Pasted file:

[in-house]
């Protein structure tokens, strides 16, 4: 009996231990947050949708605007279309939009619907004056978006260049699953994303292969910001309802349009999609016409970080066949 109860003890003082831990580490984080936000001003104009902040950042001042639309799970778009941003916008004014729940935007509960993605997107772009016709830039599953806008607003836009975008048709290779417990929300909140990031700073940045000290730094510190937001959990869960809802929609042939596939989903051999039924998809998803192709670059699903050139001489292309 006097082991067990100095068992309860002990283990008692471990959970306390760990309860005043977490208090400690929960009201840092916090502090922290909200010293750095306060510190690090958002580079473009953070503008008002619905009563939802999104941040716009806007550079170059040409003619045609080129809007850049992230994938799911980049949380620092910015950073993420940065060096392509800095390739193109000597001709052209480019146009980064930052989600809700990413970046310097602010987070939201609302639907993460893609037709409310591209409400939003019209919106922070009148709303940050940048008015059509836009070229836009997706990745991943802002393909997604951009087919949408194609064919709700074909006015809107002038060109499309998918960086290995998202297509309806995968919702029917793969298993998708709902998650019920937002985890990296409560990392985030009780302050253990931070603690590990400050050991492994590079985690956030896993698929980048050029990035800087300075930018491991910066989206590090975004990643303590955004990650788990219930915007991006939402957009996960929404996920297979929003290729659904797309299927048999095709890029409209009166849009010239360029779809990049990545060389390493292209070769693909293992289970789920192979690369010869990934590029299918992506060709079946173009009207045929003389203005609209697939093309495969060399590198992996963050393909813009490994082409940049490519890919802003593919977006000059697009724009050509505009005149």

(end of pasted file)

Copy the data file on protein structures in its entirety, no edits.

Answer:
[in-house]
């Protein structure tokens, strides 16, 4: 009996231990947050949708605007279309939009619907004056978006260049699953994303292969910001309802349009999609016409970080066949 109860003890003082831990580490984080936000001003104009902040950042001042639309799970778009941003916008004014729940935007509960993605997107772009016709830039599953806008607003836009975008048709290779417990929300909140990031700073940045000290730094510190937001959990869960809802929609042939596939989903051999039924998809998803192709670059699903050139001489292309 006097082991067990100095068992309860002990283990008692471990959970306390760990309860005043977490208090400690929960009201840092916090502090922290909200010293750095306060510190690090958002580079473009953070503008008002619905009563939802999104941040716009806007550079170059040409003619045609080129809007850049992230994938799911980049949380620092910015950073993420940065060096392509800095390739193109000597001709052209480019146009980064930052989600809700990413970046310097602010987070939201609302639907993460893609037709409310591209409400939003019209919106922070009148709303940050940048008015059509836009070229836009997706990745991943802002393909997604951009087919949408194609064919709700074909006015809107002038060109499309998918960086290995998202297509309806995968919702029917793969298993998708709902998650019920937002985890990296409560990392985030009780302050253990931070603690590990400050050991492994590079985690956030896993698929980048050029990035800087300075930018491991910066989206590090975004990643303590955004990650788990219930915007991006939402957009996960929404996920297979929003290729659904797309299927048999095709890029409209009166849009010239360029779809990049990545060389390493292209070769693909293992289970789920192979690369010869990934590029299918992506060709079946173009009207045929003389203005609209697939093309495969060399590198992996963050393909813009490994082409940049490519890919802003593919977006000059697009724009050509505009005149």